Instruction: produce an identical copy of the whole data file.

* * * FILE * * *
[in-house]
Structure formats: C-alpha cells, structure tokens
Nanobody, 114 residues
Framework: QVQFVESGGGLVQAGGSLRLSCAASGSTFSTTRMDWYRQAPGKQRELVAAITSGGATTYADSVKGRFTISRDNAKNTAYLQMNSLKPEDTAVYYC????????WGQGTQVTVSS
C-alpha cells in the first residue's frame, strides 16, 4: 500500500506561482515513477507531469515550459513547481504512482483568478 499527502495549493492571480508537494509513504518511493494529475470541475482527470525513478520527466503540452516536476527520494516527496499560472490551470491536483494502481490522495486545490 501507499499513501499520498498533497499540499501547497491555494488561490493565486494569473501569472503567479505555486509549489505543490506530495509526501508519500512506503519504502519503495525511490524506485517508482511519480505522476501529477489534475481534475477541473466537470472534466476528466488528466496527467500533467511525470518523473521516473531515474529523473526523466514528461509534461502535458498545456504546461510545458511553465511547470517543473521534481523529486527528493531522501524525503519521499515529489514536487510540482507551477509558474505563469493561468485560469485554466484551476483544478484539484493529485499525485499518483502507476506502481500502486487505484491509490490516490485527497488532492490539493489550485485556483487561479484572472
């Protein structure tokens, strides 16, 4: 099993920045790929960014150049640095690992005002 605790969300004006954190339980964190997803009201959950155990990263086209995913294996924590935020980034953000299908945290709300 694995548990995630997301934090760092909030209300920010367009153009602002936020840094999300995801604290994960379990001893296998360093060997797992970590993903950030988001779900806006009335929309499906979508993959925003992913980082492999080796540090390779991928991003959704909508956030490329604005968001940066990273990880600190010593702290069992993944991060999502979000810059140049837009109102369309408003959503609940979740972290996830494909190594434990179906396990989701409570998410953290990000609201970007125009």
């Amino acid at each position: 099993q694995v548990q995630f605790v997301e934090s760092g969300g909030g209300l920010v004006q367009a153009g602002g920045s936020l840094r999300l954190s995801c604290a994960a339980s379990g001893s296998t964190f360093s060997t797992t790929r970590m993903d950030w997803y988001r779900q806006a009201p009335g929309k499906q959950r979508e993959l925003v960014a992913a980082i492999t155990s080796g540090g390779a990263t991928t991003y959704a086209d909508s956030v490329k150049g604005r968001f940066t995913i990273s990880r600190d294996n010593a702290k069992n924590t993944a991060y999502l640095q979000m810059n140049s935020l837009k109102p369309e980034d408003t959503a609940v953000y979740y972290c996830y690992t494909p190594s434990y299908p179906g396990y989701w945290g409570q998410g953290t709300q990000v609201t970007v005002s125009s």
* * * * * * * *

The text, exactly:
[in-house]
Structure formats: C-alpha cells, structure tokens
Nanobody, 114 residues
Framework: QVQFVESGGGLVQAGGSLRLSCAASGSTFSTTRMDWYRQAPGKQRELVAAITSGGATTYADSVKGRFTISRDNAKNTAYLQMNSLKPEDTAVYYC????????WGQGTQVTVSS
C-alpha cells in the first residue's frame, strides 16, 4: 500500500506561482515513477507531469515550459513547481504512482483568478 499527502495549493492571480508537494509513504518511493494529475470541475482527470525513478520527466503540452516536476527520494516527496499560472490551470491536483494502481490522495486545490 501507499499513501499520498498533497499540499501547497491555494488561490493565486494569473501569472503567479505555486509549489505543490506530495509526501508519500512506503519504502519503495525511490524506485517508482511519480505522476501529477489534475481534475477541473466537470472534466476528466488528466496527467500533467511525470518523473521516473531515474529523473526523466514528461509534461502535458498545456504546461510545458511553465511547470517543473521534481523529486527528493531522501524525503519521499515529489514536487510540482507551477509558474505563469493561468485560469485554466484551476483544478484539484493529485499525485499518483502507476506502481500502486487505484491509490490516490485527497488532492490539493489550485485556483487561479484572472
């Protein structure tokens, strides 16, 4: 099993920045790929960014150049640095690992005002 605790969300004006954190339980964190997803009201959950155990990263086209995913294996924590935020980034953000299908945290709300 694995548990995630997301934090760092909030209300920010367009153009602002936020840094999300995801604290994960379990001893296998360093060997797992970590993903950030988001779900806006009335929309499906979508993959925003992913980082492999080796540090390779991928991003959704909508956030490329604005968001940066990273990880600190010593702290069992993944991060999502979000810059140049837009109102369309408003959503609940979740972290996830494909190594434990179906396990989701409570998410953290990000609201970007125009």
């Amino acid at each position: 099993q694995v548990q995630f605790v997301e934090s760092g969300g909030g209300l920010v004006q367009a153009g602002g920045s936020l840094r999300l954190s995801c604290a994960a339980s379990g001893s296998t964190f360093s060997t797992t790929r970590m993903d950030w997803y988001r779900q806006a009201p009335g929309k499906q959950r979508e993959l925003v960014a992913a980082i492999t155990s080796g540090g390779a990263t991928t991003y959704a086209d909508s956030v490329k150049g604005r968001f940066t995913i990273s990880r600190d294996n010593a702290k069992n924590t993944a991060y999502l640095q979000m810059n140049s935020l837009k109102p369309e980034d408003t959503a609940v953000y979740y972290c996830y690992t494909p190594s434990y299908p179906g396990y989701w945290g409570q998410g953290t709300q990000v609201t970007v005002s125009s």